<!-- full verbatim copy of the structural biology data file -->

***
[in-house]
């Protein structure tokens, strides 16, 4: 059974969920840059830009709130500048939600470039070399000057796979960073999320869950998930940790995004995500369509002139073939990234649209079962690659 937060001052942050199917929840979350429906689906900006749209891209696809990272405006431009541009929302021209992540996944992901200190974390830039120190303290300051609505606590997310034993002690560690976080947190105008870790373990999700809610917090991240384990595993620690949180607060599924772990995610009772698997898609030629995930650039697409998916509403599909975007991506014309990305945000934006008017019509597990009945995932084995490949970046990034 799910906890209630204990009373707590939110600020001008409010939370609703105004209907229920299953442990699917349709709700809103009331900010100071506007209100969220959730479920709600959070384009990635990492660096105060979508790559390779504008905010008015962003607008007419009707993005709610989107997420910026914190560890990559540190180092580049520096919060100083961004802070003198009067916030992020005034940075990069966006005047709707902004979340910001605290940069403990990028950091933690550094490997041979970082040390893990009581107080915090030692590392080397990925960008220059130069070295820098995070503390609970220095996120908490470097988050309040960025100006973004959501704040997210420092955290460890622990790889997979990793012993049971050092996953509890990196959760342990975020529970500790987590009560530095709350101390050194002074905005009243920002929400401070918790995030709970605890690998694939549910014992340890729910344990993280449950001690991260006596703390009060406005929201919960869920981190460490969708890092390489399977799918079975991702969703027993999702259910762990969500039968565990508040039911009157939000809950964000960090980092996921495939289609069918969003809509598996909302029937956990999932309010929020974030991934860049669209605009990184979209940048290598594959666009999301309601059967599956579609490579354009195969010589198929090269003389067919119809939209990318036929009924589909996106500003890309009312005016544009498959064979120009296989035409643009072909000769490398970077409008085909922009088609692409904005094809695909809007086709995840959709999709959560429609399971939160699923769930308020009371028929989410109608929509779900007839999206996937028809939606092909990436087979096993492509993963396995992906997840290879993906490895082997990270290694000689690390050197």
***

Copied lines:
[in-house]
């Protein structure tokens, strides 16, 4: 059974969920840059830009709130500048939600470039070399000057796979960073999320869950998930940790995004995500369509002139073939990234649209079962690659 937060001052942050199917929840979350429906689906900006749209891209696809990272405006431009541009929302021209992540996944992901200190974390830039120190303290300051609505606590997310034993002690560690976080947190105008870790373990999700809610917090991240384990595993620690949180607060599924772990995610009772698997898609030629995930650039697409998916509403599909975007991506014309990305945000934006008017019509597990009945995932084995490949970046990034 799910906890209630204990009373707590939110600020001008409010939370609703105004209907229920299953442990699917349709709700809103009331900010100071506007209100969220959730479920709600959070384009990635990492660096105060979508790559390779504008905010008015962003607008007419009707993005709610989107997420910026914190560890990559540190180092580049520096919060100083961004802070003198009067916030992020005034940075990069966006005047709707902004979340910001605290940069403990990028950091933690550094490997041979970082040390893990009581107080915090030692590392080397990925960008220059130069070295820098995070503390609970220095996120908490470097988050309040960025100006973004959501704040997210420092955290460890622990790889997979990793012993049971050092996953509890990196959760342990975020529970500790987590009560530095709350101390050194002074905005009243920002929400401070918790995030709970605890690998694939549910014992340890729910344990993280449950001690991260006596703390009060406005929201919960869920981190460490969708890092390489399977799918079975991702969703027993999702259910762990969500039968565990508040039911009157939000809950964000960090980092996921495939289609069918969003809509598996909302029937956990999932309010929020974030991934860049669209605009990184979209940048290598594959666009999301309601059967599956579609490579354009195969010589198929090269003389067919119809939209990318036929009924589909996106500003890309009312005016544009498959064979120009296989035409643009072909000769490398970077409008085909922009088609692409904005094809695909809007086709995840959709999709959560429609399971939160699923769930308020009371028929989410109608929509779900007839999206996937028809939606092909990436087979096993492509993963396995992906997840290879993906490895082997990270290694000689690390050197």